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OUR RESULTS

IMPACT

Foundation for charity in Switzerland
20

Mothers Collectives formed

New Funding for your Charity
233

Pond renovated

Hand in Hand Switzerland
122

Farmers Trained

NGOs based in Switzerland
54

Children mainstreamed through NRSTCs

Give to alleviate poverty
588

Children facilitated through Perumbakkam Govt School

CASE STUDIES

Provide grant support for create better communities

Breaking Shackles and Breaching the Realm of Ignorance

Bangu’s father is a daily wager, who does manual labour in and around Ghattabillod in Dhar district

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Breaking Shackles and Breaching the Realm of Ignorance

Bangu’s father is a daily wager, who does manual labour in and around Ghattabillod in Dhar district of MP. He has a mother, who is physically challenged and an elder brother, who is mentally challenged. He also has a few younger siblings. Unable to manage a large family on his own, about 4 years ago, Bangu was sold as a bonded labour for INR 10,000. Bangu’s day would start as early as 6 am in the morning and he was expected to do everything from rearing cattle to household chores and his day would end late in the night, long after others were asleep. He was hardly given food to eat, clothes to wear or a cot to sleep and like a machine for three years. Bangu’s life would have continued like this had he not been rescued by Hand in Hand India’s field mobilisers, who counselled Bangu’s parents for two months before they agreed to let Bangu join the NRSTC in the Indian state of Madhya Pradesh through the project supported by Humanium. The young boy joined the centre in February 2018 and he dreams of becoming a teacher someday!

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A Son Rising from the Tribal Land

Hailing from the tribal Narikuravar community, Sakthi’s life was no more than a vagabond

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A Son Rising from the Tribal Land

Hailing from the tribal Narikuravar community, Sakthi’s life was no more than a vagabond. He along with his parents used to sell fancy wares on train. “We used to eat the leftovers that I got from the station and trains. Not a single day, could we eat in peace, fearing the police and security, who would frisk us and drive us out. We used to live in constant fear.” he adds. Soon after, Sakthi was enrolled in the Poongavanam, the Residential Special Training Centres (RSTC), which had ,truly transformed him – and has helped him maintain a disciplined daily routine coupled with good hygiene and sanitation practices. Gradually, he began to advocate against his community ill-practices not only his parents but also several elders, who took to such abuses in the open and has been instrumental in persuading 28 children from his community to join the RSTC. Since then, Sakthi has been conferred with stately honours. He wants to ensure that all the children, not only from the Narikuravar community but from around the world attend school and have a fair chance and equal opportunity to succeed in life. This is the story of Sakthi Ramesh from India, who was nominated forInternational Children’s Peace Prize 2017, an award previously won by Malala Yousifzai.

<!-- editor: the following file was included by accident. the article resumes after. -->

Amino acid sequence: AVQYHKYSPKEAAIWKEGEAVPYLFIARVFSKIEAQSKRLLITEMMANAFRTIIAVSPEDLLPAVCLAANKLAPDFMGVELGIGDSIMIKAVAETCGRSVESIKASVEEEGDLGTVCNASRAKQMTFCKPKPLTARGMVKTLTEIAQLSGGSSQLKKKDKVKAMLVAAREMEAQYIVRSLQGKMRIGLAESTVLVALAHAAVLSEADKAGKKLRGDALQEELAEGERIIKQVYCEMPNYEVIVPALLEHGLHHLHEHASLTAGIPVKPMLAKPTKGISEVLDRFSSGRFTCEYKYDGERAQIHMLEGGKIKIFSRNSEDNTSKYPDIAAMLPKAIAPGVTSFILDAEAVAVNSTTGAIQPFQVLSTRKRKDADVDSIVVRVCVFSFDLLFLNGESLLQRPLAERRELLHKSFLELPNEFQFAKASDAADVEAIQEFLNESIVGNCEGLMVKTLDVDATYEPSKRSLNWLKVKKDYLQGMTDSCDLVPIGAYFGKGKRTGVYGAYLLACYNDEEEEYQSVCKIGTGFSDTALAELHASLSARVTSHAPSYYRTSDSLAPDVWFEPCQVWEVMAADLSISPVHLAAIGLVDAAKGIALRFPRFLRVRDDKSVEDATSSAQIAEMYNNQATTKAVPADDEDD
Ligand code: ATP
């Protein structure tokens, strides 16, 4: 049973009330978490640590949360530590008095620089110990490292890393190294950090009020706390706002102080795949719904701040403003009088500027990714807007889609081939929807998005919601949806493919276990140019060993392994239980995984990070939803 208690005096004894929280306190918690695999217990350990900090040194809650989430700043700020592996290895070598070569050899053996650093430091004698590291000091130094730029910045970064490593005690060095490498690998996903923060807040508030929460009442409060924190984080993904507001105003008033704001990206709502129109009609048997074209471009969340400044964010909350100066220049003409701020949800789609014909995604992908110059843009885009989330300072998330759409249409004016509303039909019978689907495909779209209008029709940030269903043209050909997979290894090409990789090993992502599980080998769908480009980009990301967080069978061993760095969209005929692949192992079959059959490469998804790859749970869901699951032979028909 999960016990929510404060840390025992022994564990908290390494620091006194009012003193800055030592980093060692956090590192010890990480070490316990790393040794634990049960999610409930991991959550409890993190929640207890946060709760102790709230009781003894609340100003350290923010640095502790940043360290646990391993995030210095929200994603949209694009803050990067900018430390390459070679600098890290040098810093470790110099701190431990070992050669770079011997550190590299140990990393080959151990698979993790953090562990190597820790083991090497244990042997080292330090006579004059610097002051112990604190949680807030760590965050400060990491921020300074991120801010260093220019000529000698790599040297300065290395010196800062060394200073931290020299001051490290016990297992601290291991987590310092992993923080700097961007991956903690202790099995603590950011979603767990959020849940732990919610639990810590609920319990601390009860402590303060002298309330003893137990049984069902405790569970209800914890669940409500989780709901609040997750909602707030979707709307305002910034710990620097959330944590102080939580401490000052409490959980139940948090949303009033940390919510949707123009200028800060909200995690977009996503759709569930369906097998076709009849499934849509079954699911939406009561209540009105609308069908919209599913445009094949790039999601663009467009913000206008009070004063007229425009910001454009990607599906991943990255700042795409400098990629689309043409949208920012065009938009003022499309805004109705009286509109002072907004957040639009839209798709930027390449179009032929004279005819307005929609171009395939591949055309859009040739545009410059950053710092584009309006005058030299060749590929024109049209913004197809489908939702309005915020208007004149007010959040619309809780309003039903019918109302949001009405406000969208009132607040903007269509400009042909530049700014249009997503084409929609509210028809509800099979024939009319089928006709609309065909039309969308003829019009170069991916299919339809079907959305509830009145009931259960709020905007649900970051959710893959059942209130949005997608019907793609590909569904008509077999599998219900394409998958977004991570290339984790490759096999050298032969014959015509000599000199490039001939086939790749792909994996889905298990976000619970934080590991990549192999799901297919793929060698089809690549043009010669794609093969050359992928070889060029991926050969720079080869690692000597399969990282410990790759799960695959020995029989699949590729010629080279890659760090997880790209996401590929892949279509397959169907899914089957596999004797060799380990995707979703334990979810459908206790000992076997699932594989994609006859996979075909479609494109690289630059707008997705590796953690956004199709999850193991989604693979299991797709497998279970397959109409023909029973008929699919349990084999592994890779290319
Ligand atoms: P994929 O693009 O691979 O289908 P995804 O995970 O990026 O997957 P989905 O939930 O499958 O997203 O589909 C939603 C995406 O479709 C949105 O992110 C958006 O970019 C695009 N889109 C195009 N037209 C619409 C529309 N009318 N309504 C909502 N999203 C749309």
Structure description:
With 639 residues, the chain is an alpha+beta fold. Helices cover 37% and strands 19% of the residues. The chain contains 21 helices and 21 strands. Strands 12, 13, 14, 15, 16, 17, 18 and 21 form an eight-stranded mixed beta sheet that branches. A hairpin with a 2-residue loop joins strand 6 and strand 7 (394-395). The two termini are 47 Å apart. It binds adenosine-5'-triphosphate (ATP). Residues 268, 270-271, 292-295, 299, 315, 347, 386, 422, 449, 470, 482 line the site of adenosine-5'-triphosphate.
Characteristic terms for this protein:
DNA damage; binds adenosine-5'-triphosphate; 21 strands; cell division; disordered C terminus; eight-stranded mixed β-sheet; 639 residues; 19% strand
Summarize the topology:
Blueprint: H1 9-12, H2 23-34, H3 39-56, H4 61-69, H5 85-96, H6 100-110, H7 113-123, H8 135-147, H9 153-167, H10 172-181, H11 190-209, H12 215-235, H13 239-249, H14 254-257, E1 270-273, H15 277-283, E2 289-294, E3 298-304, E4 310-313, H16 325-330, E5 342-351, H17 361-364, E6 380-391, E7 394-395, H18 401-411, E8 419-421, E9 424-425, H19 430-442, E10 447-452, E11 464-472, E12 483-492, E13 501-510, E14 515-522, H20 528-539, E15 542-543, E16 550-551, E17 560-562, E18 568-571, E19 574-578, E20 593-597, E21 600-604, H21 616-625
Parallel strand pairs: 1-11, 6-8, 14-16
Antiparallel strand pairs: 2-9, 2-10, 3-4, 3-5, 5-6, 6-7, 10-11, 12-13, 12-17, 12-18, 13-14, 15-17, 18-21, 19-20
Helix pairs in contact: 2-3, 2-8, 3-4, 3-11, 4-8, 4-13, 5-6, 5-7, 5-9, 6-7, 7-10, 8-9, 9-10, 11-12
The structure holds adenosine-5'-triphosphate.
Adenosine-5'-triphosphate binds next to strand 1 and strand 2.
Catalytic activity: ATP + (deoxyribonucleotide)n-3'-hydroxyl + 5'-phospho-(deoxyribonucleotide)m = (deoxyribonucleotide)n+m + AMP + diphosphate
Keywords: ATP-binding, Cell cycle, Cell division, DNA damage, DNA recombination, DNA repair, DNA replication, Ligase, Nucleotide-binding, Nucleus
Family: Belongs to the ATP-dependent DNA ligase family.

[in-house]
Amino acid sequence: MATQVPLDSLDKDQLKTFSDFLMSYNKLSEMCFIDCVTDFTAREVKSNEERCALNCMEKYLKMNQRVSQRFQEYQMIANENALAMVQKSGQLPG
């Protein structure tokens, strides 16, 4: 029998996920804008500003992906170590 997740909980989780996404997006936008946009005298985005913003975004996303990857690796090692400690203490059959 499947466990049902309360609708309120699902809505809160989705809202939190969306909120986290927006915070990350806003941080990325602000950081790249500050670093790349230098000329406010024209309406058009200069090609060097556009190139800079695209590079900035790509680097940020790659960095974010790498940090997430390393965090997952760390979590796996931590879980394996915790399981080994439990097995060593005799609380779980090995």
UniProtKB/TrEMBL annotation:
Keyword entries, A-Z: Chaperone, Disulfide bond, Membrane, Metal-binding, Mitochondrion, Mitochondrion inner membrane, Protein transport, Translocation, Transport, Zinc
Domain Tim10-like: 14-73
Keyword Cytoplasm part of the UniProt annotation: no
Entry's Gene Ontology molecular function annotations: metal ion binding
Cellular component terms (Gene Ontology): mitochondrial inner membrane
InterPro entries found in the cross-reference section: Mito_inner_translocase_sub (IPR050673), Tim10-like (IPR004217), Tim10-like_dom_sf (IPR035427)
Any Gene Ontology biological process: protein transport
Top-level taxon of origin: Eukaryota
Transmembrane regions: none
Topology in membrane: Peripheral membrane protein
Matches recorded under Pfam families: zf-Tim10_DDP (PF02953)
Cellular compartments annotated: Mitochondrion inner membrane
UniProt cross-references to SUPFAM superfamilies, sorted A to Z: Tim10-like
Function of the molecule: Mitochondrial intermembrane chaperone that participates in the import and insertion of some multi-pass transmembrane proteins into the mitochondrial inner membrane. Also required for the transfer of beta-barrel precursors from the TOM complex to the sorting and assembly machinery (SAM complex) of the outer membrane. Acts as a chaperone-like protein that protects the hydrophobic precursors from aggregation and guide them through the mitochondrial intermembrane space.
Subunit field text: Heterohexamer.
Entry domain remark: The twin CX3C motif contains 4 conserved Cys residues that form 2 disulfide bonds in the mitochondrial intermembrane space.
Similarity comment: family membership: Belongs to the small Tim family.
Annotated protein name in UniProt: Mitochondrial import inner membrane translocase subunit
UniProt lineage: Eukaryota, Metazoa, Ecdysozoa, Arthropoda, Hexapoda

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Fund for a sustainable future

Eco-farm Perumbakkam

Given the worth of pesticide-free organic vegetables is gaining traction in today’s

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Eco-farm Perumbakkam

Given the worth of pesticide-free organic vegetables is gaining traction in today’s era of soil, water and air pollution, the Perumbakkam eco-farm project initiated with the support of Humanium, a Swiss-based organisation, has been key in converting farmers practicing subsistence farming to organic farming project by adopting sustainable ecological farming practices. The farm serves as a training field for the farmers, who are taught organic farming techniques and the harvest off the field is available for sale at the organic stall. Replacing the synthetic fertilisers and artificial agents, this project has replaced the farm inputs with organic alternatives such as vermicompost, panchagavya (five produce of native cow), Amirthakaraisal, Protein rich extract from fish waste made through fermentation, bitter leaf extract and Ginger garlic paste are the key bio-inputs.

Learn more about our programmes on agriculture and environment here

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